The Baitchopper


167 pages
Contains Illustrations
ISBN 0-88862-599-5




Reviewed by Cecile Ghosh

Cecile Ghosh was a librarian living in Rigaud, Quebec.


The Baitchopper is set in Widow’s Harbour, a small fishing village in Nova Scotia. The story revolves around Andrew Gurney, whose father Phonse and other fishermen hold a strike when their company outlaws their demand to organize a union. Fighting erupts among the villagers when parents and their children take sides. Andrew, a high-spirited thirteen-year-old, feels “that nothing ever happens around here.” Ironically, he gets more than he bargained for when he and his friends fall prey to dangerous incidents from the rival gang whose fathers oppose the strike. Sociology interweaves with fiction when we are pulled across distance to a small coastal village where we hear the diction, humour, songs, and fishing jargon of Nova Scotian fishermen. We sympathize with scenes which depict and bear witness to the hard life of Phonse and his friends, who rely upon the tempestuous ocean for their living. The 20 characters that populate the novel sometimes hinder the drama’s pace. Nevertheless, the author does create a community atmosphere where a proud and fiery people love and cherish one another against the powers that be. There are scenes with an obtrusive ring. This happens when Andrew is introduced to the whys and wherefores of strikes, or when his cousin Denny explains to Scott the obvious fact that one hunts clams only at low tide. In the author’s overzealousness to blend fact with fiction, he sometimes underestimates the knowledge of his readers. This adventure story will enjoy a wide appeal among young readers interested in oceans and fishing. They will be treated to skindiving for hidden treasure, deep-sea fishing, fights between rival gangs, clam digging, and near death escapes on land and sea. Simultaneously, they will emerge with knowledge about strikes, fishermen, fishing boats, skindiving, and the ocean, against whose fury and might Andrew and Denny test their mettle. Fine black-and-white illustrations throughout the book dramatize the high points of this sea adventure.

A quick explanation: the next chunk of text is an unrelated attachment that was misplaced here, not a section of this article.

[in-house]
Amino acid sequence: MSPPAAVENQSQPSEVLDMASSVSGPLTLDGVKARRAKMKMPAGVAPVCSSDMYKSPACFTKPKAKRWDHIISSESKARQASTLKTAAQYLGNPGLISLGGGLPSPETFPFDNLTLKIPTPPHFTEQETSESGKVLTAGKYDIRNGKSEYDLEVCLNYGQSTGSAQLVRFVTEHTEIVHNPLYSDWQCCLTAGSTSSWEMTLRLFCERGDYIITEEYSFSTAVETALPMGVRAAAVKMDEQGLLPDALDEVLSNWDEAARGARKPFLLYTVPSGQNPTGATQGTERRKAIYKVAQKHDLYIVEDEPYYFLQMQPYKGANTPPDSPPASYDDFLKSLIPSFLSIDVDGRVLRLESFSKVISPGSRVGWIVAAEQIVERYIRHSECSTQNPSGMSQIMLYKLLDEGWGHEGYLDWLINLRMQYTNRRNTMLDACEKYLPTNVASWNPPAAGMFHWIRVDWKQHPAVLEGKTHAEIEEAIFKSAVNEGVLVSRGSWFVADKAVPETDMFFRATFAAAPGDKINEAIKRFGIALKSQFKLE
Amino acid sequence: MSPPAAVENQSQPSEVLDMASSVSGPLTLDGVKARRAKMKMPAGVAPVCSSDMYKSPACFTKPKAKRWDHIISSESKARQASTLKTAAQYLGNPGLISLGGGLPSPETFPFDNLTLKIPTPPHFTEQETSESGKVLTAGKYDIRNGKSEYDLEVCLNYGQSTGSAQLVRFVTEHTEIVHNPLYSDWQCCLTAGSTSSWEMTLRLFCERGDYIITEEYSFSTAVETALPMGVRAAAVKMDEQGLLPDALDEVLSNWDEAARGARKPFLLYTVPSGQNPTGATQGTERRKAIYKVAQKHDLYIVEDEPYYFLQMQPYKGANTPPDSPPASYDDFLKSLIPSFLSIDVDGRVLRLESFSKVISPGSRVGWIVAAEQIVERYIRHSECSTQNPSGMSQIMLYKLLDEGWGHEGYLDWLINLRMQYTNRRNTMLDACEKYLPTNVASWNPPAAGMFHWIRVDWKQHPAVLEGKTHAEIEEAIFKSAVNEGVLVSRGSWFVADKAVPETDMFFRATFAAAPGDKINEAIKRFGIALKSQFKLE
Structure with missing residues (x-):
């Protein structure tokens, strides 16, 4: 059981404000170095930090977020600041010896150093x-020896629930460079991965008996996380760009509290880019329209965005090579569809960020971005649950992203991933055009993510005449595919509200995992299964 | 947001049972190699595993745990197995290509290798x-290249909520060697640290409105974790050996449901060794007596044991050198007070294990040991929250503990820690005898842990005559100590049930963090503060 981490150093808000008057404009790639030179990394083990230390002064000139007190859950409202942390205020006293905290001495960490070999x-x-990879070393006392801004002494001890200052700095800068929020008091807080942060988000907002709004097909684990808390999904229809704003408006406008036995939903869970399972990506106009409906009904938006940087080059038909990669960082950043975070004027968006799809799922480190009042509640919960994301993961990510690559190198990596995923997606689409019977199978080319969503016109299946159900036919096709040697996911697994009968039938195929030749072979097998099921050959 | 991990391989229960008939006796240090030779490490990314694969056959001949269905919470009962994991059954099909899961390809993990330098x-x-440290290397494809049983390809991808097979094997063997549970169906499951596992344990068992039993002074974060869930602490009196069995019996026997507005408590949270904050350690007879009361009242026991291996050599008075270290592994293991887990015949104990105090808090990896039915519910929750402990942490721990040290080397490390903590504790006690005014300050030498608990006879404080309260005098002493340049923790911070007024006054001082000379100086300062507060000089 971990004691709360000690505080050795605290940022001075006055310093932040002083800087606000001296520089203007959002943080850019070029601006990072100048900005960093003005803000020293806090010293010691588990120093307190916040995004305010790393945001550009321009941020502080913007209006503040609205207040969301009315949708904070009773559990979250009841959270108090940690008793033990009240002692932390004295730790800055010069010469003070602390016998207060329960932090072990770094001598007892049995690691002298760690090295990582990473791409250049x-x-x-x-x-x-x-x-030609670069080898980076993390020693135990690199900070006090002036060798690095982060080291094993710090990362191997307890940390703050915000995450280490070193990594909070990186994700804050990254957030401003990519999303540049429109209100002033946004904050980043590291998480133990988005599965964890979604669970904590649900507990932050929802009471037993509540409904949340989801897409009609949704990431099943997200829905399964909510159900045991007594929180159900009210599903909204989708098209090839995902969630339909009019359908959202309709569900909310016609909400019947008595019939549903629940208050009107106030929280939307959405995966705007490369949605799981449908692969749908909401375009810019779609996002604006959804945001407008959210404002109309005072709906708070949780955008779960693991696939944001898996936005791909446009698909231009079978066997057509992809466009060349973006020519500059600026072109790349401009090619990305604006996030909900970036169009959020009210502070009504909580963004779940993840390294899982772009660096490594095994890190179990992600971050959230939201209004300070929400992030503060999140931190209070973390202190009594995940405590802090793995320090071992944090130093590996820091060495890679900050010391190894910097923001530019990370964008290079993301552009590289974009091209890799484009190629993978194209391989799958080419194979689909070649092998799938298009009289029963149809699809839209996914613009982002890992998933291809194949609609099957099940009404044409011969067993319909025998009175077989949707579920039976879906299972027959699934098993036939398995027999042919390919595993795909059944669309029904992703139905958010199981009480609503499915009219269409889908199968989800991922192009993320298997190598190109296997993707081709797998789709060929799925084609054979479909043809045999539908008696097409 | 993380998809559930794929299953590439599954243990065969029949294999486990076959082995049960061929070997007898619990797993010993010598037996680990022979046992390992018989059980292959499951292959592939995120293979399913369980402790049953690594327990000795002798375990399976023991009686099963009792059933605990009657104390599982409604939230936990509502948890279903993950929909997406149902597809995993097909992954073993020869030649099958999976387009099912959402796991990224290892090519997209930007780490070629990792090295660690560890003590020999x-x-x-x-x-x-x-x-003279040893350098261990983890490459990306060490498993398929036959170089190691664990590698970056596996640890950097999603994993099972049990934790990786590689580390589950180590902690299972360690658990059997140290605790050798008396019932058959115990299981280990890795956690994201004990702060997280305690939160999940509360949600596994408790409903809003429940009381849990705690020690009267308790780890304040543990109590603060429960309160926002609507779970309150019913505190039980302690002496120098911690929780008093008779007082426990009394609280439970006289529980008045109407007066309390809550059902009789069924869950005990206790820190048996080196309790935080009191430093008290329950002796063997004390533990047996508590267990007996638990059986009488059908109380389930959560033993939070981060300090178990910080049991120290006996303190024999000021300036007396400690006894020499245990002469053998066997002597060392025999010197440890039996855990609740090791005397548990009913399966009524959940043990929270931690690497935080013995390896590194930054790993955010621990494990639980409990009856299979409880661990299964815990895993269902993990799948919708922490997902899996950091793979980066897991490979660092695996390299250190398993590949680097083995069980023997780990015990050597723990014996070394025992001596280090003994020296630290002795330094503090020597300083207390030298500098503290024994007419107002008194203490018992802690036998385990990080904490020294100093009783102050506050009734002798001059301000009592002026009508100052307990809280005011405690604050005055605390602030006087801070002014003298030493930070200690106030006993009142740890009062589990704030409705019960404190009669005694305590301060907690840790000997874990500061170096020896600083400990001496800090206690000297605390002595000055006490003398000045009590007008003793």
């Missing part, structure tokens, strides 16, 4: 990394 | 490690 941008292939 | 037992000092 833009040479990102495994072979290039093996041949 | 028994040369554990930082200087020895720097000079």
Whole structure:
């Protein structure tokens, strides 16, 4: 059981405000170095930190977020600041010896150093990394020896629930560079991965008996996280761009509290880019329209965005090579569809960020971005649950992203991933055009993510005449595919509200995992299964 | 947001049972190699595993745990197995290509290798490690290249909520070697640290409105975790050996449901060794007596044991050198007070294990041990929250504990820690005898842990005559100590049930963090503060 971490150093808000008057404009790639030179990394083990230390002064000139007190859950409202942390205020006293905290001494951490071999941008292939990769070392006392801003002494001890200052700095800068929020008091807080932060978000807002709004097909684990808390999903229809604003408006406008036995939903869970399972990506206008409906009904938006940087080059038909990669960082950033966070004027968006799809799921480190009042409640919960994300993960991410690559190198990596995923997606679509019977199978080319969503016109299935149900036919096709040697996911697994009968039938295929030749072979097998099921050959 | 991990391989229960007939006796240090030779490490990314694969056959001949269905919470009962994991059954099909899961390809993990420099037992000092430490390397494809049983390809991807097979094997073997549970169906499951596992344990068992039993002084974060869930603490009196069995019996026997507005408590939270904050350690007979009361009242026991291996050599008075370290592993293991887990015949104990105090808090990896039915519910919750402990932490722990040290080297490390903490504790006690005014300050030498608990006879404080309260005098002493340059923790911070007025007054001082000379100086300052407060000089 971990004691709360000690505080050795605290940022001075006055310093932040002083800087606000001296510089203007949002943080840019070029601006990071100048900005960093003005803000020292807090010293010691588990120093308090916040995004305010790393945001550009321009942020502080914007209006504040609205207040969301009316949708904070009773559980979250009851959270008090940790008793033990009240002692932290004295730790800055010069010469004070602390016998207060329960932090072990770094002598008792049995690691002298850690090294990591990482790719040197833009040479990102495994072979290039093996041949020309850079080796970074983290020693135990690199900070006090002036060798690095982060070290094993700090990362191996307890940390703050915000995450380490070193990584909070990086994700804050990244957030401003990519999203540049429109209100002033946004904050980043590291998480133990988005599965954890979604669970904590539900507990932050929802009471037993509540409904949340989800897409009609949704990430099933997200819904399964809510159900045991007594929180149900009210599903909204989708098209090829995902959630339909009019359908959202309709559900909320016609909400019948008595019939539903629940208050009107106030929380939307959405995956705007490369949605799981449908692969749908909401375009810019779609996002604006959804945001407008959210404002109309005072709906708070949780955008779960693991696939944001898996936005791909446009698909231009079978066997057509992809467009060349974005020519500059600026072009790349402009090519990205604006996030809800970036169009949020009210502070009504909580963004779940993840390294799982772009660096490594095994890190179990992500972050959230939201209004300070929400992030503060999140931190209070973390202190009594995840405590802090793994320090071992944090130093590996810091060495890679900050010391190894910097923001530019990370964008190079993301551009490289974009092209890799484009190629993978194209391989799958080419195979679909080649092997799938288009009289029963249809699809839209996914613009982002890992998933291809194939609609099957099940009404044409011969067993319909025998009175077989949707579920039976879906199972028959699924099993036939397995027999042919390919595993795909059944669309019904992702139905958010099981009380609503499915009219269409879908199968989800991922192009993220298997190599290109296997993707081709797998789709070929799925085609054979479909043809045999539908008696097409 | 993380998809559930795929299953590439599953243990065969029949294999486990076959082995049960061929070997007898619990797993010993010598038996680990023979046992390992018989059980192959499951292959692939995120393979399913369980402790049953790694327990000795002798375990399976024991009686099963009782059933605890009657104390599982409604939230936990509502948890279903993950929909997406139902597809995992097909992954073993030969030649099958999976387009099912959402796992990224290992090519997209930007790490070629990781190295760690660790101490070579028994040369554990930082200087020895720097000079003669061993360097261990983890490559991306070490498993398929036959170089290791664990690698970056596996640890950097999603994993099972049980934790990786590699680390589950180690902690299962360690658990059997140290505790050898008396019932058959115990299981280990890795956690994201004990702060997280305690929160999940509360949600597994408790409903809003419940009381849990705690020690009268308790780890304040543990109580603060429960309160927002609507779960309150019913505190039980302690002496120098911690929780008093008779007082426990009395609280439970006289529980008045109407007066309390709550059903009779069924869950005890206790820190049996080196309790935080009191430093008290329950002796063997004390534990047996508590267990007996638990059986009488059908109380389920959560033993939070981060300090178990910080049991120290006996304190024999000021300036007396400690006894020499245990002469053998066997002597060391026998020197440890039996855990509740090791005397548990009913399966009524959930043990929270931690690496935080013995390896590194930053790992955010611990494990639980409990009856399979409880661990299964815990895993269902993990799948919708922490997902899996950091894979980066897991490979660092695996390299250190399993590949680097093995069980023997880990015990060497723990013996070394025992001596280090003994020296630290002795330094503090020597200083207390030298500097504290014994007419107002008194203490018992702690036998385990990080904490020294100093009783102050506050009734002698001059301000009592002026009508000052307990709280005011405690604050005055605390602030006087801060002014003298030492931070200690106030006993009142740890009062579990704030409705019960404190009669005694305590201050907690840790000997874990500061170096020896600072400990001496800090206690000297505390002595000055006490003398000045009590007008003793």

Cameron, Silver Donald, “The Baitchopper,” Canadian Book Review Annual Online, accessed March 1, 2024,